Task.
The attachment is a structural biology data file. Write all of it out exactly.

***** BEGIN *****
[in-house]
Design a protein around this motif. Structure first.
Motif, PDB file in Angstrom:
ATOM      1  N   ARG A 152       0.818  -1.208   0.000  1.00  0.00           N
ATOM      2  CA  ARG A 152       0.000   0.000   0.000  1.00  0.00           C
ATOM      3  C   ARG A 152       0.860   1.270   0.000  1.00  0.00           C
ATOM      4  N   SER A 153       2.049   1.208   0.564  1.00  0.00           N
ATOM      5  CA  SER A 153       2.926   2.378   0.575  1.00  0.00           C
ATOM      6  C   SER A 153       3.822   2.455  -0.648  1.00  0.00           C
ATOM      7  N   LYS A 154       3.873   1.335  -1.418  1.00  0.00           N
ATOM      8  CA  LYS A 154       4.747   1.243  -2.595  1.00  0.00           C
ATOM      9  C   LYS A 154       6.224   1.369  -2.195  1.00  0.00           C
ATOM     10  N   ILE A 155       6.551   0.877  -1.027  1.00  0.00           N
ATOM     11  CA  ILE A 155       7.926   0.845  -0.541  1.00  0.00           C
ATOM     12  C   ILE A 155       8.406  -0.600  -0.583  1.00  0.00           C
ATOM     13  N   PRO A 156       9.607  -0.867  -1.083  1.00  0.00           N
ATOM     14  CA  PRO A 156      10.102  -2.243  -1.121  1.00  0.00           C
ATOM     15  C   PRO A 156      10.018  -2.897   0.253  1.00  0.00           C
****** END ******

[in-house]
Design a protein around this motif. Structure first.
Motif, PDB file in Angstrom:
ATOM      1  N   ARG A 152       0.818  -1.208   0.000  1.00  0.00           N
ATOM      2  CA  ARG A 152       0.000   0.000   0.000  1.00  0.00           C
ATOM      3  C   ARG A 152       0.860   1.270   0.000  1.00  0.00           C
ATOM      4  N   SER A 153       2.049   1.208   0.564  1.00  0.00           N
ATOM      5  CA  SER A 153       2.926   2.378   0.575  1.00  0.00           C
ATOM      6  C   SER A 153       3.822   2.455  -0.648  1.00  0.00           C
ATOM      7  N   LYS A 154       3.873   1.335  -1.418  1.00  0.00           N
ATOM      8  CA  LYS A 154       4.747   1.243  -2.595  1.00  0.00           C
ATOM      9  C   LYS A 154       6.224   1.369  -2.195  1.00  0.00           C
ATOM     10  N   ILE A 155       6.551   0.877  -1.027  1.00  0.00           N
ATOM     11  CA  ILE A 155       7.926   0.845  -0.541  1.00  0.00           C
ATOM     12  C   ILE A 155       8.406  -0.600  -0.583  1.00  0.00           C
ATOM     13  N   PRO A 156       9.607  -0.867  -1.083  1.00  0.00           N
ATOM     14  CA  PRO A 156      10.102  -2.243  -1.121  1.00  0.00           C
ATOM     15  C   PRO A 156      10.018  -2.897   0.253  1.00  0.00           C